Thanks to Austin Kleon’s wonderful blog, I recently stumbled across this fantastic Malcolm Gladwell piece from 2008 about the nature of creative genius, and how we generally view it as “inextricably” tied to youth.
Orson Welles made his masterpiece, “Citizen Kane,” at twenty-five. Herman Melville wrote a book a year through his late twenties, culminating, at age thirty-two, with “Moby-Dick.” Mozart wrote his breakthrough Piano Concerto No. 9 in E-Flat-Major at the age of twenty-one.
However, we find that there are countless counterexamples, notably Cézanne:
Galenson did a simple economic analysis, tabulating the prices paid at auction for paintings by Picasso and Cézanne with the ages at which they created those works. A painting done by Picasso in his mid-twenties was worth, he found, an average of four times as much as a painting done in his sixties. For Cézanne, the opposite was true. The paintings he created in his mid-sixties were valued fifteen times as highly as the paintings he created as a young man. The freshness, exuberance, and energy of youth did little for Cézanne. He was a late bloomer—and for some reason in our accounting of genius and creativity we have forgotten to make sense of the Cézannes of the world.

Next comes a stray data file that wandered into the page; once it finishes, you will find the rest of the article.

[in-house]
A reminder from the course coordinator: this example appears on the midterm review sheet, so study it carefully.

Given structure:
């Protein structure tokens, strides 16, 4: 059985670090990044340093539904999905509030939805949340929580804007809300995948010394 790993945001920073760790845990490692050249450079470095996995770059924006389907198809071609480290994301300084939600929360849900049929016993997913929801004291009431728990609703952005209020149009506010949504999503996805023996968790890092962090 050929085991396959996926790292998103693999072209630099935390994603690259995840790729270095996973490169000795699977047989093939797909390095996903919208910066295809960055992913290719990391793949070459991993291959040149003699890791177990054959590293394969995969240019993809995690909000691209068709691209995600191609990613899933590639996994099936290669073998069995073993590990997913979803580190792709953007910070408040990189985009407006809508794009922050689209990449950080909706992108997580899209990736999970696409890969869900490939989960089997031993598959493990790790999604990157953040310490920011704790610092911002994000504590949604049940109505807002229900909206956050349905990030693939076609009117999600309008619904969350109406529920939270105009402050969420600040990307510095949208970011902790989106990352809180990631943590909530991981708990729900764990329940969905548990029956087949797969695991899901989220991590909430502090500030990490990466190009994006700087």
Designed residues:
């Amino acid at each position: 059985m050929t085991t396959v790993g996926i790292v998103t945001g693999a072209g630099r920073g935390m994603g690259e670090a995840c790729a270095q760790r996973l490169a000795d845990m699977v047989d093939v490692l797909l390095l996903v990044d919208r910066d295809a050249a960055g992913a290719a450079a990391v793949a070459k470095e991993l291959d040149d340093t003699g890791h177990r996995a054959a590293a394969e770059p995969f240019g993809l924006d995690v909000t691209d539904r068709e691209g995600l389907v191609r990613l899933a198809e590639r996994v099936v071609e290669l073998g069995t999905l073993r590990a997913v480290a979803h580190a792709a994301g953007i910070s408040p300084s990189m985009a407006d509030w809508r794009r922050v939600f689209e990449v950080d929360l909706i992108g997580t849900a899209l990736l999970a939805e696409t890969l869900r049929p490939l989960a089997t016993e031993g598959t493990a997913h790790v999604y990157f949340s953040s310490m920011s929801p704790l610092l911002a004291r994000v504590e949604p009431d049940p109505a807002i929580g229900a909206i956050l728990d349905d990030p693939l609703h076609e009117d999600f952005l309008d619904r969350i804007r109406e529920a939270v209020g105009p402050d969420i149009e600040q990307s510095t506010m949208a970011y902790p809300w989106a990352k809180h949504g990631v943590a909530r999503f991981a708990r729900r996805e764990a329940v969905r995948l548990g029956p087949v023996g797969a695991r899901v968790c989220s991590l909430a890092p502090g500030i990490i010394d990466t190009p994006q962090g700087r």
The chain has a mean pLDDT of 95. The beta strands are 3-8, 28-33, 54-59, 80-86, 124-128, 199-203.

The key here is a fundamental difference in approach to creative work. While precocious geniuses like Picasso tend to begin with a firm idea to execute, late bloomers like Cézanne have to experiment, the process of exploration being paramount:
They consider the production of a painting as a process of searching, in which they aim to discover the image in the course of making it; they typically believe that learning is a more important goal than making finished paintings. Experimental artists build their skills gradually over the course of their careers, improving their work slowly over long periods. These artists are perfectionists and are typically plagued by frustration at their inability to achieve their goal.
Read the whole article at The New Yorker.